24 Jun 2018

24 Jun 18 - One That Got Away

I had a mid morning call from Paul Morton from the Birds of Poole Harbour team. He had just seen an email from a member of the public. A distant summer plumage Plover, but which he though looked like an American Golden Plover. The initial photo taken by Debbie Derrick has been published on the BoPH June 18 Sightings page. It had been seen on 4 occasions between 18 & 22 Jun. Looking at the photo, it certainly looked a reasonable identification, albeit it was distant. I was about to leave when Paul rang back. He had forwarded the photo to Killian Mullarney & Paul had a thumbs up to the identification.

It had been photographed on the outer side of Redhorn Quay, which is the point that separates Brands Bay from what most locals regard as the outer Brands Bay (but pedantically is Plateau Bay). I arrived about ten minutes later & headed straight for Redhorn Quay, while local Poole Birder, Shaun Robson headed to Jerry's Point. Jerry's Point is closer to the ferry & gives views over the outer part of the Studland peninsula. We both had excellent views of people, uncontrolled dogs & people who are into the latest craze of standing on boards & paddling around on them close to the shoreline. But sadly, no sign of the American Golden Plover. We both planned to meet up in the Brands Bay hide. This gives better views of Brands Bay, but I had already had a fairly reasonable view of Brands Bay so I was fairly confident it wouldn't be on view from there: I was correct. On the way to the hide, I ran into my mate Peter Moore who having arrived & already heard the negative news was getting distracted with the Silver-studded Blues. It seemed the best option in the circumstances.
Silver-studded Blue: They seemed to be having a good year locally with the current heatwave
A had another look at Brands Bay in the early evening as it should have quietened down & there was footie to keep most of Joe Public indoors. Unfortunately, still no joy. Then it was onto the Middlebere hide in the hope it might have relocated to Middlebere on the rising tide. Again, no luck, but there was a reasonable selection of Waders to keep me occupied & a 1st Summer Spoonbill.
Spoonbill: 1st Summer. This was presumably the individual that had been moving around Poole Harbour in recent days. It disappeared to roost soon after I arrived. Middlebere is a popular Spoonbills pre-roost site, but they don't roost there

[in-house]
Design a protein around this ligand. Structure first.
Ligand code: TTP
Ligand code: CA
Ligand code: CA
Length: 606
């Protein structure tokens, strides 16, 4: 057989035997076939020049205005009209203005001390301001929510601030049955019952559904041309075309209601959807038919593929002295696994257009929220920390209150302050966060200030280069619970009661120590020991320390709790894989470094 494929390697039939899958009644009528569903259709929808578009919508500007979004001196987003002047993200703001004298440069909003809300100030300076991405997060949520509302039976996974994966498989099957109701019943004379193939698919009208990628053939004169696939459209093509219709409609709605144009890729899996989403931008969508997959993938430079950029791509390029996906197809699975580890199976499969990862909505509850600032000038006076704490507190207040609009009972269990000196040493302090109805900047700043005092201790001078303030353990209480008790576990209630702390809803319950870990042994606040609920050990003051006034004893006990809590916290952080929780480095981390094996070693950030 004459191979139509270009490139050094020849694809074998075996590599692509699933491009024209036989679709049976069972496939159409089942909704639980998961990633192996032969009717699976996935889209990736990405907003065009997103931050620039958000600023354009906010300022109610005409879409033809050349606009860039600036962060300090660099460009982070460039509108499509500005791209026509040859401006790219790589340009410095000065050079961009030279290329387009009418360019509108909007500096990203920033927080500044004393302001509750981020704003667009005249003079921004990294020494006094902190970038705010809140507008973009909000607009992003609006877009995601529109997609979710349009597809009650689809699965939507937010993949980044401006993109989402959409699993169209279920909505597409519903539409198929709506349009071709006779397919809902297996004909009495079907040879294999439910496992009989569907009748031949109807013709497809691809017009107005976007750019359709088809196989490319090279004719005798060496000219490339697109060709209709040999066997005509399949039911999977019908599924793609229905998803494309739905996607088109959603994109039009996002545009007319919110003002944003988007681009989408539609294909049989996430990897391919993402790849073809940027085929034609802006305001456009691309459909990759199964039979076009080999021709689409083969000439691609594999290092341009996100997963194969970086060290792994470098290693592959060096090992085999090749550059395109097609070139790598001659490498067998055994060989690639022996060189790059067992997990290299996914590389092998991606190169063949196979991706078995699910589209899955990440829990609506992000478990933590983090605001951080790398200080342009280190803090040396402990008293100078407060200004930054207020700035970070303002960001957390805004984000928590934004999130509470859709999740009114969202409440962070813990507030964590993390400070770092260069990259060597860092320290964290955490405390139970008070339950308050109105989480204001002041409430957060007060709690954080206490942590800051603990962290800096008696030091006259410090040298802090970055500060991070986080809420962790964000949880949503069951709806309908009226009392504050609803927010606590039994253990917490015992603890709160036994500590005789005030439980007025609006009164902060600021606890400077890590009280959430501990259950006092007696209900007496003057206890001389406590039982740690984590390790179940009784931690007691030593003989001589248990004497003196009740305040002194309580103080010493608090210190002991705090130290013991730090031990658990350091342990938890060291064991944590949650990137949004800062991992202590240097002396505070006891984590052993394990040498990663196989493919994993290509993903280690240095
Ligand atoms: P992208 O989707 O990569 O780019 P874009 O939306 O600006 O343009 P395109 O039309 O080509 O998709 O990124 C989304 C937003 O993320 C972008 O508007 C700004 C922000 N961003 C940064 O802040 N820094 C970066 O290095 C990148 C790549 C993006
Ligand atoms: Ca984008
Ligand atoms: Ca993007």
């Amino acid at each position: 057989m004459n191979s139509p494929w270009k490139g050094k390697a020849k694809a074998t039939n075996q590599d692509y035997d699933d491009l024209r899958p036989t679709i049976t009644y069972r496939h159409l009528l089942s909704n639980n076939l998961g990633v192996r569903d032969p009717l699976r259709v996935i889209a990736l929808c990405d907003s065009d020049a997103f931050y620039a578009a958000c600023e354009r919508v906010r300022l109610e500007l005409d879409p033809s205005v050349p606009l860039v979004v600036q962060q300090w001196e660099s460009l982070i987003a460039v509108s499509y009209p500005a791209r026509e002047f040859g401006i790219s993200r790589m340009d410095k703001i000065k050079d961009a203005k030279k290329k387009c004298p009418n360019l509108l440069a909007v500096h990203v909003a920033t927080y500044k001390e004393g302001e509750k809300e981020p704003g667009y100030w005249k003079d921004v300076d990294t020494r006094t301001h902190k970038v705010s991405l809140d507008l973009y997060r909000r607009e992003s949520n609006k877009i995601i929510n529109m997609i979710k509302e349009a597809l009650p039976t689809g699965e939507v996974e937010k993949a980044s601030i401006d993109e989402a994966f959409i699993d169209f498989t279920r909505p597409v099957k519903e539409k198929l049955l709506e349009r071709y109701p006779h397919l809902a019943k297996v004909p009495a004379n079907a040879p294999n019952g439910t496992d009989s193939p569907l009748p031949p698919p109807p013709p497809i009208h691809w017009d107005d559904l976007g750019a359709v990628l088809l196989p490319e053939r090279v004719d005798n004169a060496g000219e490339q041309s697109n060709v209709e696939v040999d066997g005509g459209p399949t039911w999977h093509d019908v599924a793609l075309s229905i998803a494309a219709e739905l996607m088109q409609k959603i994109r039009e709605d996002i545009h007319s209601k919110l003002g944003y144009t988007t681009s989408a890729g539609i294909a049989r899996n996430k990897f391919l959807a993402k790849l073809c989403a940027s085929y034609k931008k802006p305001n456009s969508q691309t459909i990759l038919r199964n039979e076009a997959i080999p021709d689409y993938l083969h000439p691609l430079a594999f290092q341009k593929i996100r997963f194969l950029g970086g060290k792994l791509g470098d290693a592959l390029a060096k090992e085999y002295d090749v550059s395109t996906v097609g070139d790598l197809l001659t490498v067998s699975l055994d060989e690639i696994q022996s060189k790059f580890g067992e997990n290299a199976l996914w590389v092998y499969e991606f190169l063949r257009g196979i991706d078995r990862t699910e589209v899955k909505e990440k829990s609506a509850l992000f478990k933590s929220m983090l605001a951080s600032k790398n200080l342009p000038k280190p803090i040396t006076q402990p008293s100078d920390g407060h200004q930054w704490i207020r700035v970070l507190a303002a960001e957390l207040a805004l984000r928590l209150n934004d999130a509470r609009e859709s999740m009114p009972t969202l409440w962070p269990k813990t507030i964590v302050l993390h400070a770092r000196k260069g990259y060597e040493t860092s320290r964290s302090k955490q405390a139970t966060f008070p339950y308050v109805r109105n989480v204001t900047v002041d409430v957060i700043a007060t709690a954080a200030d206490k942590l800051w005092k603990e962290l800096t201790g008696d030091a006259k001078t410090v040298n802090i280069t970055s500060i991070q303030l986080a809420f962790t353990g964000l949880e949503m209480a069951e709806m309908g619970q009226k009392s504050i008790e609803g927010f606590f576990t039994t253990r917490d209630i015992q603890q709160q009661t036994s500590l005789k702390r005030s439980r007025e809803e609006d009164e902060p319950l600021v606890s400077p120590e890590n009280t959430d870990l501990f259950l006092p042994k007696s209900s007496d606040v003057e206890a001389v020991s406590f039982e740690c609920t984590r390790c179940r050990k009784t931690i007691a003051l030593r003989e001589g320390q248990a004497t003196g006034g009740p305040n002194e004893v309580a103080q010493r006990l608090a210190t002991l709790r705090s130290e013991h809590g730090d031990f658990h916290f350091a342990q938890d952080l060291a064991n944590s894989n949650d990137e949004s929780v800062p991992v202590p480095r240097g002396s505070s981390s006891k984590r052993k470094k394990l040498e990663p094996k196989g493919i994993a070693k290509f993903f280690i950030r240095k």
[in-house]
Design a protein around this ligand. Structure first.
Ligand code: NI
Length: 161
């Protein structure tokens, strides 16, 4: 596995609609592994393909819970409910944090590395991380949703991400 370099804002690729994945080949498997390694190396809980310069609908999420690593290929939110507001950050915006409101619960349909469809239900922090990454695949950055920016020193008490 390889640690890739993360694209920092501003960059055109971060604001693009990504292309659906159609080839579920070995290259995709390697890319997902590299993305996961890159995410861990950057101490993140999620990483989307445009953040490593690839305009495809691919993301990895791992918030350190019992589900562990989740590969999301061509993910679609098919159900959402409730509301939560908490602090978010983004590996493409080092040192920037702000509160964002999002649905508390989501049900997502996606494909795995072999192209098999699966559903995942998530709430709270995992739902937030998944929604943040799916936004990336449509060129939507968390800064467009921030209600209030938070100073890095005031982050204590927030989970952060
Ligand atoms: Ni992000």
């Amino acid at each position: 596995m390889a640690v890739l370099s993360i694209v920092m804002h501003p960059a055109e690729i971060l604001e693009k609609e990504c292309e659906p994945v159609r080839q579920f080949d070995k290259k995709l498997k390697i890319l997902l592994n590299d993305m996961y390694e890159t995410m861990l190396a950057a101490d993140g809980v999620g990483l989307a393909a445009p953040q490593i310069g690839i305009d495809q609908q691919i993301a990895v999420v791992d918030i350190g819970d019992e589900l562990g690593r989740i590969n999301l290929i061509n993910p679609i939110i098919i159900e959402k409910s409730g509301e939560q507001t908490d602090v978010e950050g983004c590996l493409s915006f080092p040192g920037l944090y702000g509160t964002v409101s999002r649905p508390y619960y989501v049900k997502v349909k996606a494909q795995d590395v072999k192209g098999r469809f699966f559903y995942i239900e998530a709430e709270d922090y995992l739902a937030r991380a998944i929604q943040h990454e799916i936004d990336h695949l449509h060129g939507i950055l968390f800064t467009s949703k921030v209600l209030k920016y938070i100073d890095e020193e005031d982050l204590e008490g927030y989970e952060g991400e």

After grabbing a few photos of the Spoonbill, I carried on scanning the exposed mud in the hope that the American Golden Plover would arrive. As a result, I never saw the Spoonbill depart. Subsequently, this would have been interesting to have seen it go to see the extent of the black in the wing tips. At the time, I aged this Spoonbill as a first summer on the basis of the bill colour, lack of plumes & white breast. As I'm writing this Post I thought I would have a quick check on ageing of first summer Spoonbills & found an article on Surfbirds by Alexander Hellquist. This shows that ageing isn't as straight-forward as I though & second summer individuals Spoonbill should also be considered. First summer individuals sometimes show a white tuft instead of full plumes, but often won't show a crest, do not show the adult's yellow breast band, have an extensive yellow tipped bill with a grey base, grey legs, a (brownish) red iris (far too far away to determine iris colour) & have extensive black in the wing tips (not seen in flight). In comparison, second summer individuals generally show a short white plume, will not show the adult's yellow breast band, have more yellow in the bill tip than adults, have darker grey legs than a first summer (but no others for comparison), have an intensive red eye & little in the way of black in the wing tips. There appears to be a bit of fleshy pink colouration in the base of the bill (which juvenile individuals show) & coupled with the lack of a crest (although that isn't diagnostic), then I guess this is still a first summer individual. But I would welcome any comments.
Spoonbill: 1st Summer
Spoonbill: 1st Summer. A closer crop. Does the pinkish edges to the bill & the lack of any crest make it more likely to be a first summer
Spoonbill: 1st Summer
Spoonbill: 1st Summer. A closer crop. The bill tip looks fleshy, but there is generally a warm evening light at Middlebere at this time of the year
There was no sign of the American Golden Plover, but I was pleased to see a flyover Great White Egret which was in heavy wing moult on the innermost primaries. We weren't aware there had been a Great White Egret in Poole Harbour since early Spring, so had it just arrived or been overlooked. I saw it again in flight on the following evening. I've now given up on the search for the American Golden Plover & as the tides aren't great for Middlebere at the moment, I've not been down to see if I can get more views of the Great White Egret. Only four years ago, we had the first properly twitchable Great White Egret in Poole Harbour. After four years of overwintering involving up to three individuals then we are now fairly balse about local Great White Egrets: how times change.
Sika Deer: Seen enjoying the evening sun on the following evening's visit to Middlebere (25 Jun 18)